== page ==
Welcome to my personal website. I’m a 3rd year PhD student at MIT under the supervision of Nir Shavit. I mostly spend my time thinking about how humanity can build friendly AGIs without greatly harming itself in its attempt to do so.
Much of my previous work and thinking has been on adversarial robustness. I’ve thought about the phenomenon both in very simplified toy settings as well as in the setting of superhuman game-playing agents. I’m interested in adversarial robustness for two key reasons:
Adversarial robustness is very closely related to the worst-case performance of a system. Safe systems are ones which by definition have acceptable worst-case performance, so adversarial methods can serve as both a good auditing mechanism and as a training signal for safety.
Our inability to steer advanced AI systems in a robust way reflects our inability to control the “core” values and tendencies of AI systems. For example, when OpenAI RLHF’s GPT-4, it behaves aligned in the average case, but the existence of jailbreaks shows that we have not effectively changed the “true” values of the system. Rather we have only instilled in it a bunch of heuristics that make it behave nice most of the time.
I think working on robustness is a good way to improve our ability to do alignment of “core values”.
It might also be that this goal is ill-formed – the intuition that generally intelligent systems have core values may be false and maybe the hot-mess theory of intelligence is right. Even in this pessimistic case, studying robustness could still give us highly decision-relevant knowledge about the nature of intelligence.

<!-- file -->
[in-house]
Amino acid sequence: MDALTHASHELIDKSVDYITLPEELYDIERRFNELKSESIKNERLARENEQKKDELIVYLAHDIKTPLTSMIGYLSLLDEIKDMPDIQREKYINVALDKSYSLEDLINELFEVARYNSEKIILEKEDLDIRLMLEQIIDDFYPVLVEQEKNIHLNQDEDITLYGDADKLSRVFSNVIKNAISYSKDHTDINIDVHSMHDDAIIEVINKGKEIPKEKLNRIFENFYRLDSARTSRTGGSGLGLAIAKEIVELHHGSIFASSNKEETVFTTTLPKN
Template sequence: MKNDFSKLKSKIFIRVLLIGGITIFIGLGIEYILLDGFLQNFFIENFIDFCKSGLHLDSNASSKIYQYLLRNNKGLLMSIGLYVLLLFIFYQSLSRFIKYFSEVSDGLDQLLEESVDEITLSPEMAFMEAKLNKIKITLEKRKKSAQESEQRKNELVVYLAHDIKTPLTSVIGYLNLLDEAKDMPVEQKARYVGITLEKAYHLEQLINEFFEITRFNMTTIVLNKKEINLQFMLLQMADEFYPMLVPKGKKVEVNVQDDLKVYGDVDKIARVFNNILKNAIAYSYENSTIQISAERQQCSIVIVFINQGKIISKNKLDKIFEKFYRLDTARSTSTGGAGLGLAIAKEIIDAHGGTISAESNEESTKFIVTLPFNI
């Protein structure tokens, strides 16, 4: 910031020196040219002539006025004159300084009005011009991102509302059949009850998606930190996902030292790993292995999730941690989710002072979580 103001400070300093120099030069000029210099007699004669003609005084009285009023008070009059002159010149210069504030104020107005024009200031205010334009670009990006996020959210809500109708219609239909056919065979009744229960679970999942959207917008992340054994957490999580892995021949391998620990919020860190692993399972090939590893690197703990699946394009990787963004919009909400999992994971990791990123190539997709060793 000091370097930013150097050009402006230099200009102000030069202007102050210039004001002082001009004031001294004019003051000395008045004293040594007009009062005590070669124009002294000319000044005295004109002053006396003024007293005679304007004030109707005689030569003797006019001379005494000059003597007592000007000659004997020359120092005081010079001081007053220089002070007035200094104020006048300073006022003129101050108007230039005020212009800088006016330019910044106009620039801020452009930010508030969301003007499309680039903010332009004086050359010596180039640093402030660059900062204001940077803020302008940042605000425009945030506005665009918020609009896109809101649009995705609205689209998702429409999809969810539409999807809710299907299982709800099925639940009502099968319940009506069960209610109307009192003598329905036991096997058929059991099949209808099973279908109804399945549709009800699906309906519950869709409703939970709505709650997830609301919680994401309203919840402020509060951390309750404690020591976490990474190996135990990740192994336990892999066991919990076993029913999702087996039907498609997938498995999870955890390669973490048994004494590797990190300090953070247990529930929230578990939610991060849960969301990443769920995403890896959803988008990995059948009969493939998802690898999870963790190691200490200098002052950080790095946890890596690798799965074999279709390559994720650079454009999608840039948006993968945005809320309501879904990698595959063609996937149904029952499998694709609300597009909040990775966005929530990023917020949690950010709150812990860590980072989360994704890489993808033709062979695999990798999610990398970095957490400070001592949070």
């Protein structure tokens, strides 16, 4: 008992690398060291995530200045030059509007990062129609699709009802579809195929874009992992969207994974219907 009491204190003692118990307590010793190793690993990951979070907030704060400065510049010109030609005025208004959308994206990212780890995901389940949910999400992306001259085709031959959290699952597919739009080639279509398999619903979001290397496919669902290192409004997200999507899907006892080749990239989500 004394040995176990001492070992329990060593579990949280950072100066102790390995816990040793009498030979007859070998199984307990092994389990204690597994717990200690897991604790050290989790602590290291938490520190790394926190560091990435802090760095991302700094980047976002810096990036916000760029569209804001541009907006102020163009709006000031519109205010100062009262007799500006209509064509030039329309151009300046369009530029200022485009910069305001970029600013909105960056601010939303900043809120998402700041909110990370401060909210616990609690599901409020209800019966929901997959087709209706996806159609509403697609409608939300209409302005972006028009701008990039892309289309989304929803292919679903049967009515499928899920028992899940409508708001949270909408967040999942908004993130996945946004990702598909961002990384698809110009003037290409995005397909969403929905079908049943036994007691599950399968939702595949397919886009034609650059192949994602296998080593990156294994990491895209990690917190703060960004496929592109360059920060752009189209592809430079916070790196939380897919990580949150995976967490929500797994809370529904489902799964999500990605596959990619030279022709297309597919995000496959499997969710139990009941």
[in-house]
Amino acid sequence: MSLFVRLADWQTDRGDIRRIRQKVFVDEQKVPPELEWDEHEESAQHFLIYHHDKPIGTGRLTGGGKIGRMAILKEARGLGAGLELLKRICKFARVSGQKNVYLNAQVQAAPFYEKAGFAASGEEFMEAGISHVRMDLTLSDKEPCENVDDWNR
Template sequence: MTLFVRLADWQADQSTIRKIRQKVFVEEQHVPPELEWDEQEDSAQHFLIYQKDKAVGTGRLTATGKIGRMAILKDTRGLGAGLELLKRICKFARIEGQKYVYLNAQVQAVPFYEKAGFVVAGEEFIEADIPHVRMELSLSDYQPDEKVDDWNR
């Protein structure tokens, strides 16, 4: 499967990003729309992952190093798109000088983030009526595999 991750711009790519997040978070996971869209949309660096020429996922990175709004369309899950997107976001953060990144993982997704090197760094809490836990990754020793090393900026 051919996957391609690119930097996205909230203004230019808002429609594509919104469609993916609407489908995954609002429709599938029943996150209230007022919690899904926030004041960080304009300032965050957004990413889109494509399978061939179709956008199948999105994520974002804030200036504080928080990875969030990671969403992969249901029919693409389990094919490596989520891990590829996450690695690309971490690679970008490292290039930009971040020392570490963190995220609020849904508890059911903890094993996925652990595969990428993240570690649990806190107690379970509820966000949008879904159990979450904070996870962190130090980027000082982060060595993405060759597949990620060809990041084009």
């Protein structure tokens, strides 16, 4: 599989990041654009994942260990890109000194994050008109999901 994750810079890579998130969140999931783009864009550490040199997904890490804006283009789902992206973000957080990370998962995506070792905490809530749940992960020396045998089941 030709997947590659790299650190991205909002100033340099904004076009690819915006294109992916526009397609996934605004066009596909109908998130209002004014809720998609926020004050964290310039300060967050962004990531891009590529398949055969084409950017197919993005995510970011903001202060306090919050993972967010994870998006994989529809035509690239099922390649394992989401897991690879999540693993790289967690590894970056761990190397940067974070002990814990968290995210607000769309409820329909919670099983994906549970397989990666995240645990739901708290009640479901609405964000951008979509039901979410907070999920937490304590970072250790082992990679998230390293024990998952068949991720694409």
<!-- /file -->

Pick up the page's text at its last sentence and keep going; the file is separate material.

At the moment, I’m working on robustness in both the vision and language domains. My key focus is on developing techniques that can improve robustness against unrestricted adversaries. In the vision domain, I am particularly interested in how we can make progress on something like the Unrestricted Adversarial Examples Challenge. In the language domain (where most of my efforts are right now), I want to answer the following question:
What are the core difficulties with preventing jailbreaks in language models,
and how can these difficulties be overcome?
My current take is that the answer involves scalable oversight and possibly relaxed adversarial training.
A north star for my research agenda is to develop techniques that could let us reliably instill Asimov’s three laws into future AGI systems.
If you would like to chat about anything I’ve mentioned on this site, feel free to contact me at twang6 [at] mit [dot] edu.
Some links: Twitter, Google Scholar, CV.